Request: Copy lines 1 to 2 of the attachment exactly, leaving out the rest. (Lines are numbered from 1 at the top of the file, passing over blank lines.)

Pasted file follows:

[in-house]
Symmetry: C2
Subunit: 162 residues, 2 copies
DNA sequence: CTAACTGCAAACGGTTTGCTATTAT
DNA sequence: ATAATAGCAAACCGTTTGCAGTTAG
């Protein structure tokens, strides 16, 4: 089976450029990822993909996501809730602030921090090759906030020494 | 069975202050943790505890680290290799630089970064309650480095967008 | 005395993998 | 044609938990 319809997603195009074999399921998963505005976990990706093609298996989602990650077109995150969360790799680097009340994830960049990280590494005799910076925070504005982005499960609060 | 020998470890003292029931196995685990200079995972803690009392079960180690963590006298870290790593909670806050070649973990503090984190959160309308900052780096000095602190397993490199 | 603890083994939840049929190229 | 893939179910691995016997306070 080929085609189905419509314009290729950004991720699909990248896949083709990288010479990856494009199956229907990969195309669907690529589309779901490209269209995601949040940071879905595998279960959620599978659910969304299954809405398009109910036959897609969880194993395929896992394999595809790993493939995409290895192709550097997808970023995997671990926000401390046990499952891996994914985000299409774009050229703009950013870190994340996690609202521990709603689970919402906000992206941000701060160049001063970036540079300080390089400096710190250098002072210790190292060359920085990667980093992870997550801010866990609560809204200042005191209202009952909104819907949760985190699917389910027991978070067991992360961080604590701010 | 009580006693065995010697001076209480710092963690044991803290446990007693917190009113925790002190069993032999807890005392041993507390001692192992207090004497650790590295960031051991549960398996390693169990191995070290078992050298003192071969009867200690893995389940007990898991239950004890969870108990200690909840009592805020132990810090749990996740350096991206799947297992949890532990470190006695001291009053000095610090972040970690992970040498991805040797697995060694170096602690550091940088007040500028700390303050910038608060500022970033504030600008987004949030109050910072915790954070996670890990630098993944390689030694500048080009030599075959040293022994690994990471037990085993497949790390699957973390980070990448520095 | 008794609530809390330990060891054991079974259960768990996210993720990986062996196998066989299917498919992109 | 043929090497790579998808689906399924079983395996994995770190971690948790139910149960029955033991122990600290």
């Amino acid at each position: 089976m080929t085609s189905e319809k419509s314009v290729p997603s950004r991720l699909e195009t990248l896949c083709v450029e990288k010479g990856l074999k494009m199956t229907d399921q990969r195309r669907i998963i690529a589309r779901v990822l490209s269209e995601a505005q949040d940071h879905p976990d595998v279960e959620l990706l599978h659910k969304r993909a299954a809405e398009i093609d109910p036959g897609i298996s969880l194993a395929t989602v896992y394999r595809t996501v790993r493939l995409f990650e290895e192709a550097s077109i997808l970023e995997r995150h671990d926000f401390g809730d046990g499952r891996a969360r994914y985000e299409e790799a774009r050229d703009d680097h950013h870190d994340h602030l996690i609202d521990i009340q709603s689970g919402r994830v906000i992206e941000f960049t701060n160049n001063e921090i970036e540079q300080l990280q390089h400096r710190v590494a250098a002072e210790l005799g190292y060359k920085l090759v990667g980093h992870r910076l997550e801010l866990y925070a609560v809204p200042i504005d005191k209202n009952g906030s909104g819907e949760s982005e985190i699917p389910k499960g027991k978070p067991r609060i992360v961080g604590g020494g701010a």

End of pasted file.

[in-house]
Symmetry: C2